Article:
AVINENT shows at In3dustry why medical centres should open the doors to 3D printing
Avinent Implant System
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In partnership with the Fundació Althaia, the company organised the presentation of twelve success stories in 3D printing applied to the healthcare field
“It won’t be long until it will be impossible to think that diagnoses used to be made without the help of 3D printing”. With this prophetic phase, Albert Giralt, CEO of AVINENT, illustrated on Wednesday, within the framework of the In3dustry and Healthio congresses, held at the Fira de Barcelona, the enormous potential of 3D printing technologies in the medical sector. Giralt emphasised that “this is only the beginning of what will become a tool that will be used more and more frequently at hospitals and medical centres”, and he insisted that “nowadays, when we talk about 3D printing, we are no longer talking about the future, but the present”.
AVINENT, with a presence at both congresses held at Fira de Barcelona from Tuesday 16 to Thursday 18 October, has once again demonstrated through its stands and presentations why medical centres and hospitals should throw open their doors to 3D printing, the benefits of additive manufacturing technologies, and why it has become the ideal partner in which to entrust the whole service and support to initiate themselves in the new ways of working.
At In3dustry, dedicated to 3D printing technologies, AVINENT promoted, jointly with the Fundació Althaia and under the name “3D for Health. Success stories”, the presentation of twelve success stories in 3D printing applied to the healthcare field. On each of the three days, those attending heard the testimony of four doctors who told of real success stories where they have used the 3D printing technology provided by AVINENT. In total, twelve medical professionals from different centres of prestige, who have worked shoulder to shoulder with the company, described how personalised anatomical models, cutting guides, splints and implantable dentures, all thanks to 3-D printing, is revolutionising the sector, streamlining the work of medical professionals and considerably improving the results for the patient.
One of the doctors who, on 16 October gave a presentation of the success stories within the “3D for Health. Success Stories” cycle of seminars, is Javier Rodríguez, the Head of the Maxillofacial Surgery service at the Joan XXIII Hospital in Tarragona. Rodríguez, an expert in orbital surgery who regularly works with AVINENT, described the advantages of customised orbital surgery (achievable thanks to 3D printing technologies, compared to traditional orbitals. In Doctor Rodríguez’s opinion the leap is enormous: “The benefits of customised orbital surgery are many. It is easier to use, the approaches are fewer, therefore, the surgery is less invasive, and surgery time is reduced”. However, Javier Rodríguez is of the opinion that there is greater pre-op time, a higher economic cost and very quick delivery times are required”. It was here that Doctor Rodríguez points out that “this issue is resolved with AVINENT, it is a differentiating fact compared to other companies, as in just only a day and a half after placing the order we can already be operating. AVINENT is the only company that can guarantee these delivery times, a key aspect when talking about primary trauma”.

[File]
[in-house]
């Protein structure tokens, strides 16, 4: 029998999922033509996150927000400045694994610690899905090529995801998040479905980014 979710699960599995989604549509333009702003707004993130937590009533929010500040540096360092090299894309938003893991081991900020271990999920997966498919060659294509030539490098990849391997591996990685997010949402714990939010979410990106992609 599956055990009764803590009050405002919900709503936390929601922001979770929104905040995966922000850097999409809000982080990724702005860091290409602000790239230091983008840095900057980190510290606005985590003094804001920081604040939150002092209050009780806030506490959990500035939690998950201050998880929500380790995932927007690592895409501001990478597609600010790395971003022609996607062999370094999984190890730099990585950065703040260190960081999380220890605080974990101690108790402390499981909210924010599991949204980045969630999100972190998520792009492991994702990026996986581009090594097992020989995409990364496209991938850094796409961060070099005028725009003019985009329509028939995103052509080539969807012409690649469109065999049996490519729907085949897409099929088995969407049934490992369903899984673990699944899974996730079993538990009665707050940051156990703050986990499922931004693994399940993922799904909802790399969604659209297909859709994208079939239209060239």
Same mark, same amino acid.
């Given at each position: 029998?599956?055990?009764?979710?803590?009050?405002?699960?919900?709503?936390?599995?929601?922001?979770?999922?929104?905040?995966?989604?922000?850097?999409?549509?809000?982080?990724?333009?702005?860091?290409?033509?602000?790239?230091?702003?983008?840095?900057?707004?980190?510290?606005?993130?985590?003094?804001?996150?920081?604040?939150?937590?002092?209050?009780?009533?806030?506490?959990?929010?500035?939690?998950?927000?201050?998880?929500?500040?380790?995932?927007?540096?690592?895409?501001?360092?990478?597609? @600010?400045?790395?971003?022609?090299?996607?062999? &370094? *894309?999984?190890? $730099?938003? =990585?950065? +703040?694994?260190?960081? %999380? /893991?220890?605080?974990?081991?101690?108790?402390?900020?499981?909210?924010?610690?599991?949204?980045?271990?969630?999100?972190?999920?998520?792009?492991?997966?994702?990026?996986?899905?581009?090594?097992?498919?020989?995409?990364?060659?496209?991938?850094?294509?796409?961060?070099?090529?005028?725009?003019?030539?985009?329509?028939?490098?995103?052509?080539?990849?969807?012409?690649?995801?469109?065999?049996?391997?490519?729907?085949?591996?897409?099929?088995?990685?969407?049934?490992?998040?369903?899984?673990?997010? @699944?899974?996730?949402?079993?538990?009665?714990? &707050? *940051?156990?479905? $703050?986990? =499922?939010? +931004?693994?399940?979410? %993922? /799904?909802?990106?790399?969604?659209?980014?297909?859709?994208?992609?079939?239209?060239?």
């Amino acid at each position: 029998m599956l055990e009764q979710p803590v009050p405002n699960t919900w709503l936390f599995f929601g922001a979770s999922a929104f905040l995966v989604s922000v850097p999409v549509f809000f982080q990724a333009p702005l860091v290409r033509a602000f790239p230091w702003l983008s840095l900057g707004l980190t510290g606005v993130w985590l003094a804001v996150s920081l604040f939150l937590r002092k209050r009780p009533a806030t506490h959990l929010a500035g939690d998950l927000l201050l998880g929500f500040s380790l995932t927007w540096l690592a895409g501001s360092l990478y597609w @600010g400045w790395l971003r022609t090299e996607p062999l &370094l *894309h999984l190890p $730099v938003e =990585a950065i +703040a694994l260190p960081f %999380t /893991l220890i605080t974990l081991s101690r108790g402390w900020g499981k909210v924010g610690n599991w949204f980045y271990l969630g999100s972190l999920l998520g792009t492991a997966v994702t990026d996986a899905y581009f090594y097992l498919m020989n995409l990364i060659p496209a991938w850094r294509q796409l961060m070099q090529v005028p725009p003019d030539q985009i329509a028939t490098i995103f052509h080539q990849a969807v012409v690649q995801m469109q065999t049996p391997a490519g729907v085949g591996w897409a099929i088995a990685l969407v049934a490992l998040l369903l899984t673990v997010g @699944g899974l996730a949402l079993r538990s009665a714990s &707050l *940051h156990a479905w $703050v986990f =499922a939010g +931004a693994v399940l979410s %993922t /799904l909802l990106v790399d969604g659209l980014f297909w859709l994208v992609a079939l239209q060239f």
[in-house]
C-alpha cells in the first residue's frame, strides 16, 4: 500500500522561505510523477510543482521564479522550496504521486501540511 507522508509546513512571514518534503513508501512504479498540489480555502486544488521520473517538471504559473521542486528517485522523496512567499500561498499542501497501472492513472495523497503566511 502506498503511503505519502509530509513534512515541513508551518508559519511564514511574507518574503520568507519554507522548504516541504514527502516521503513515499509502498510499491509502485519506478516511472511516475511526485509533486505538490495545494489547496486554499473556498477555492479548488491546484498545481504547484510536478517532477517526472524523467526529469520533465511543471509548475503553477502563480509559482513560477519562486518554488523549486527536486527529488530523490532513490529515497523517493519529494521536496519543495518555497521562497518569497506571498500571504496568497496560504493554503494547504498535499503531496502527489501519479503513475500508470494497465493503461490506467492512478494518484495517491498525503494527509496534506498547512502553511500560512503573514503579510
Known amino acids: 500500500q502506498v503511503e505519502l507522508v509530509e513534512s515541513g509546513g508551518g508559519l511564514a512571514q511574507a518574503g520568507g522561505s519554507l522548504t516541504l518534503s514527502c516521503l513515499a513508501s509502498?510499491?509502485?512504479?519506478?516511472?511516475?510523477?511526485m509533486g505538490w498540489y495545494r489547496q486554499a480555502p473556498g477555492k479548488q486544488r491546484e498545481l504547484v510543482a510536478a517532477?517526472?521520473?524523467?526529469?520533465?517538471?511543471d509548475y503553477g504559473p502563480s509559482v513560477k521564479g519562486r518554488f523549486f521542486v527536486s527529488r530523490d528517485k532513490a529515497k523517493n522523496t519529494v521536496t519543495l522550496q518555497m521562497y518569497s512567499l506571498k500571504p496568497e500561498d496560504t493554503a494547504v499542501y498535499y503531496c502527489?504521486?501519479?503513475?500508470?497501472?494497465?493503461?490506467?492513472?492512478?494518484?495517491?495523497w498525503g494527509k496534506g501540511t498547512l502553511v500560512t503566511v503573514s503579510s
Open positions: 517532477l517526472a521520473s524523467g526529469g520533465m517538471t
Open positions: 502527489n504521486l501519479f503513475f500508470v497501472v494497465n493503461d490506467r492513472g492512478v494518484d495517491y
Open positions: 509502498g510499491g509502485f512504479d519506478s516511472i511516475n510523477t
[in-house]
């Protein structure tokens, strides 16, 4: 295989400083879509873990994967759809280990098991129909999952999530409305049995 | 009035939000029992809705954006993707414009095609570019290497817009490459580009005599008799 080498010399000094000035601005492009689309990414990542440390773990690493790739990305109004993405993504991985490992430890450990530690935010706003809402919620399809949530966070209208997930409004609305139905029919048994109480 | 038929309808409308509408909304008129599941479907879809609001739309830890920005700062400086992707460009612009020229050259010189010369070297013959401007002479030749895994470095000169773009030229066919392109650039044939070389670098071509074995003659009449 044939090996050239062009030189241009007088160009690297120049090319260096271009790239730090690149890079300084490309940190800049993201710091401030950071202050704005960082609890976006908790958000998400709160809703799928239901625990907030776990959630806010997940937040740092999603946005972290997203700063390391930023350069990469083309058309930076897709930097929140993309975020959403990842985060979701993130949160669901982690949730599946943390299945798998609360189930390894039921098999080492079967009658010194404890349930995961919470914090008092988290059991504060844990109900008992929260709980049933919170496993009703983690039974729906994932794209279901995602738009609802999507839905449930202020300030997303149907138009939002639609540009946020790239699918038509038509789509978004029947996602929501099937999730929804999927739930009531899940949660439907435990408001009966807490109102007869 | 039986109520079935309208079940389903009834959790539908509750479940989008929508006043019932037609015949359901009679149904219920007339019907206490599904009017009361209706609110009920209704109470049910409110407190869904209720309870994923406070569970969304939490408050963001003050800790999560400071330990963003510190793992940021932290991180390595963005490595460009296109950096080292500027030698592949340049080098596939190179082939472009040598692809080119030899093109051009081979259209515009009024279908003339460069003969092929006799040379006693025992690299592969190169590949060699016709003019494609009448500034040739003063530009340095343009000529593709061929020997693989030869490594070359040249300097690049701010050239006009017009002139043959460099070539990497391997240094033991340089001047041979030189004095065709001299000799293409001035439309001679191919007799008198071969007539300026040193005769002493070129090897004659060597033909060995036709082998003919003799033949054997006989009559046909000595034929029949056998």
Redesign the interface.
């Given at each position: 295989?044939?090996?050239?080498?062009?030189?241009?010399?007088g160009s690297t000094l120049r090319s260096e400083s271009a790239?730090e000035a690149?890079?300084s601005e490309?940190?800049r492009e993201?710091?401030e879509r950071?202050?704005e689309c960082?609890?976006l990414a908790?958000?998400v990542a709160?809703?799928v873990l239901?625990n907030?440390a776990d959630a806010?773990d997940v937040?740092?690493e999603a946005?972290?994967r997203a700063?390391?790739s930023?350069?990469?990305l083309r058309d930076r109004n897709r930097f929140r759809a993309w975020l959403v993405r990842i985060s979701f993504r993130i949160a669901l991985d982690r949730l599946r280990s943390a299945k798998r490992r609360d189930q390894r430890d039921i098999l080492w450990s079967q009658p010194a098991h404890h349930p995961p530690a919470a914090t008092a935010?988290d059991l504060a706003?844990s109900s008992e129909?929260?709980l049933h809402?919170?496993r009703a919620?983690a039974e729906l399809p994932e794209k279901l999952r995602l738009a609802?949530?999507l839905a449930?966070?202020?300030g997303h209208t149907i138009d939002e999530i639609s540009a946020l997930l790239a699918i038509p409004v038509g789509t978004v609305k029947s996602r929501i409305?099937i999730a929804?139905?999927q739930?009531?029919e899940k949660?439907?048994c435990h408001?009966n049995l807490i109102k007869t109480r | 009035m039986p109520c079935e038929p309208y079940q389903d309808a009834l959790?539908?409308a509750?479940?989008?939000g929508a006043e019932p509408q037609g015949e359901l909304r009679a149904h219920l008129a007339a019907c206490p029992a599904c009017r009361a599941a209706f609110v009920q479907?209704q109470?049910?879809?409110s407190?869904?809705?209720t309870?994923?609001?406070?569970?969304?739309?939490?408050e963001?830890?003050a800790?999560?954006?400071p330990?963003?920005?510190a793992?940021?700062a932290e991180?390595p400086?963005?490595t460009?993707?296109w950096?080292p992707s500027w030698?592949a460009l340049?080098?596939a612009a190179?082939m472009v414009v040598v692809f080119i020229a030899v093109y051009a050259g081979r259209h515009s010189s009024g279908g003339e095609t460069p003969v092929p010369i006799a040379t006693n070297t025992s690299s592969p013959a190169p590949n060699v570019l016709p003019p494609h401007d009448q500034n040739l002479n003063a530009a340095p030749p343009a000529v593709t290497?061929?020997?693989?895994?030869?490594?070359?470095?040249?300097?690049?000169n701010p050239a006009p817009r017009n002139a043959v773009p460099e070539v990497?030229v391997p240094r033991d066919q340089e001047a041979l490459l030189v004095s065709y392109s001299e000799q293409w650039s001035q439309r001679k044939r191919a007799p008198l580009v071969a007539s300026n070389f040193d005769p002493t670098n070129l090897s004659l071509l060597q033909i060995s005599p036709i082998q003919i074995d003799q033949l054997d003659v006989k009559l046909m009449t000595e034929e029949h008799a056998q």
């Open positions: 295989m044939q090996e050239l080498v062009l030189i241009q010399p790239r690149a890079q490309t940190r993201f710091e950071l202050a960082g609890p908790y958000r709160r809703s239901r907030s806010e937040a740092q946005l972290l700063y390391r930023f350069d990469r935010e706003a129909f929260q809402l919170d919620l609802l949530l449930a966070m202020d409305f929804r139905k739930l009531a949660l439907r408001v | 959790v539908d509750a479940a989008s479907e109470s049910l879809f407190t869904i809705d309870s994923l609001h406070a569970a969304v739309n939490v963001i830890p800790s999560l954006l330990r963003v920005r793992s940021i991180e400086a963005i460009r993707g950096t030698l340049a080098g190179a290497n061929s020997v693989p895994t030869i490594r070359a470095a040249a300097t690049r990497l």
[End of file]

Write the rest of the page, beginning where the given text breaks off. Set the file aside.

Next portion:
Doctor Carles Martí Pagès, the maxillofacial surgeon at Hospital Clínic in Barcelona, gave a short presentation this Thursday at the In3dustry Congress regarding the application of 3D printing for a temporomandibular joint (TMJ) prosthesis. Doctor Martí stated that “the 3-D printing techniques are absolutely essential to the success of the TMJ prostheses.” “The big difference” -he continued- “is that without personalised surgery, we would have to adapt the size and shape of the bone to the prosthesis. Today it’s just the opposite: it is the prosthesis which is adapted to the size and shape of the bone.”
3D printing, also a key role in training
The advantages don’t end there: the printing of 3-D models also represents a change of paradigm with regard to training. Doctor Pablo Collera, Director of the General Surgery and Digestive System Service for the Althaia Foundation in Manresa, and who on Wednesday gave one of the twelve conferences together with Doctor Bartomeu Ayala on a transanal/transabdominal rectal neoplasty practice using a model printed at AVINENT, highlighted just after started his speech that “we believe that one of the areas that is not developed and has a long way to go is that of attempting to experiment using models in order to be able to reproduce surgeries and to be able to teach surgical techniques.” According to Doctor Collera, one of the benefits in the use of models for training “is the price, given that access to animals or cadavers for practising is always difficult and expensive.” The Director of the General Surgery and Digestive System Service for the Althaia Foundation concluded that “if when we are teaching medicine we are showing virtual models, the logical step would be to use models printed in 3D.”
AVINENT was present at both congresses that were being held at same time, with a stand at each. At one, in the area dedicated to In3dustry, AVINENT provided a wide range of anatomical models printed in 3-D that had been used in the twelve real success stories presented in the “3D for Health. Success stories” cycle. At the other, in the Healthio area, the company displayed the printing capacity at its facilities, the technologies it uses, and exhibited one of the printers the hospitals or medical centres can acquire, the Form2 by Formlabs.
Tags3D printing, Guided surgery, Dentistry 4.0, Materials, Advanced esthetics